San Antonio, Texas 1 July ’60


I have recd dear Mary your letter of the 18th Ulto (No. 3), from which I hope that you are all as well as usual. I am very thankful for this, & that you are able to enjoy the society of your friends. I fear it will be a long time before the bridge is repaired & your communication with Washington will thus be interrupted. The Aqueduct is a great Comfort to Custis in his daily peregrination, & I hope he finds his horse agreeable & useful. The constant rains must retard his operations exceedingly, though they will serve to keep vegetation fresh & green. I am sorry to hear that Charlotte has been sick. It may be occasioned by her residence, or the return of her last years disorder, produced by Cold. In either case it is unfortunate for her & her child, & the apprehension of a repetition of this disease, will I fear mar much of her pleasure at the White House. I have scanned the papers with anxiety to See if the ravages of Storms insects &c that have visited different parts of the State, had extended to New Kent & King Wm. I have noticed no account of the destruction of crops in those regions, but presume they have shared the common calamity, & that therefore my hopes of good crops this year, will again be disappointed. Man proposes, but God disposes, & we must be content. I hope that Fitzhugh will keep well indeed. If all become sick, it will be a bad business. I have not heard from him for some time, & know that during harvest he will be very busy. I have written to him twice since my return from the Rio Grande, & to Charlotte once. I hope my letters reached them safely. I recd recently a letter from dear little Rob, whom I think I love more than ever, telling me of the change in his feelings, & the devotion of his heart to God. He also informed me that Mr. Ambler said he was fully prepared to enter the University & to keep up with the course, & that he was not only willing but desirous of going there. If this is the case I think he had better do so, for though he is young he has got to employ himself somehow till he is older, must prosecute his studies, & where can he do so with more advantage? He will be exposed to temptations everywhere, & none will be more formidable than idleness, or the absence of the necessity of application & occupation. I have written to him however that I had said every thing on that subject that I Could say; that at this distance I could not pretend to decide; but would leave the matter in his hands, yours, Custis’ & Mr Amblers. He must therefore make up his mind at the close of his school term & let me know. I would furnish him with the funds to support him respectably & Comfortably at College, & that he must do the rest. I am glad to see that his class reports speak so favourably of him, & hope that if he determines to go to C[harlottesville] he will continue to do well. As to your own plans dear Mary, you must also decide upon them. I am too far off to be of any assistance to you, & fear if I was nearer, I would be no better. You have your children around you & you must make use of them. In my last letter I believe I delivered myself fully on this subject, both as regards yourself & Custis. The time is approaching for you to decide & act. I will send Custis a check for my July dividends by the next mail, so that you will have everything in your own hands. I am hoping to hear from his daily whether Mr Winston’s account had been paid that I might know how I stood, or would have sent it before. I am very glad to hear that Miss Holly Randolph has married so much to the satisfaction of her friends, & as it must be entirely to her own, it is a subject of general Congratulation. I wish them & Mrs Toler too, all happiness. As to your impression about its being time for a wedding in our family, I must refer you to Cousin Charlotte & the young people themselves. Whenever they think it time, it is time; & they need not wait for my return, which is uncertain & may be protracted beyond the limit of their patience. Mr Charles Calverts fate ought to tire a man of doing good, so small is his recompense. Tell Cousin Charlotte that at least one person gives him credit for his virtues and good deeds & that is, her humble servant. I join with her in wishing that he may at least be rewarded hereafter. You must give much love to all the children. Tell Markie that the merits of Painters are not oftener rewarded than those of other people. She must bear in mind her Cousin Charles, & not be too persistent in her devotion to art. I hope she may have a pleasant summer & that Conquest in what she prefers may attend her.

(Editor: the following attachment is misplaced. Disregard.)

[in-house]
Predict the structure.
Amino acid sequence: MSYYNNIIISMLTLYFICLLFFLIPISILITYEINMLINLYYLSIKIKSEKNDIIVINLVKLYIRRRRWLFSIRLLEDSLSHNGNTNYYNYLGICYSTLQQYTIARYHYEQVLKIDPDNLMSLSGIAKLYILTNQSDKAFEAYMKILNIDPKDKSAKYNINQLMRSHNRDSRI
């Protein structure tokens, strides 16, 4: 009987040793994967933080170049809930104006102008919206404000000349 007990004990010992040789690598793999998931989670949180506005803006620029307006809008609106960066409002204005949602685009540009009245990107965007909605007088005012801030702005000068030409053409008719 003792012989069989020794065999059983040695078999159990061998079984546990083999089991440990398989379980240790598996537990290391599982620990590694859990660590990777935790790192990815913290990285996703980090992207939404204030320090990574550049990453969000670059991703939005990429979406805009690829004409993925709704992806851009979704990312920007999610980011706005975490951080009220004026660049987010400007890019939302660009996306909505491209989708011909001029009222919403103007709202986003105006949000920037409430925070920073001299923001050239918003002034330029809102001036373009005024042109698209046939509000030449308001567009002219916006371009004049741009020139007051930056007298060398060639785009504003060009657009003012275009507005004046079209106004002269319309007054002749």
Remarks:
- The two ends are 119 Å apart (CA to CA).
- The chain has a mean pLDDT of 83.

I have nothing more to relate. Major Maclin,1 the successor of Major Chilton,2 has arrived with his family. He is said to be a fine gentleman & appears to be so. I hope his tour of service may be pleasant to him. Again with love to all I am truly & devotedly yours

R E Lee




Source: Photocopy of original letter, Lee Family Papers, Mss1 L51 c 257, Section 14, Virginia Historical Society, Richmond

Transcribed by Colin Woodward, 2017 April 25




1. Major Sackfield Maclin (1809-1876), a native of Tennessee, who served as paymaster in the army. During the Civil War, he worked in the Commissary Department for the Confederate army. He is buried in Mississippi.

2. Robert Hall Chilton (1815-1879), who served in the Mexican War and worked as a paymaster before the Civil War. He was a native of Loudon County, Virginia, and graduate of West Point. He joined the Confederate army in 1861. From September 1862 to April 1864 he worked as chief of staff for Robert E. Lee. From May to November 1864, he was commander of the 57th Virginia regiment, though he eventually returned to a staff assignment in Richmond. After the war, he moved to Georgia, where he worked in manufacturing. He died in Georgia but is buried in Hollywood Cemetery in Richmond.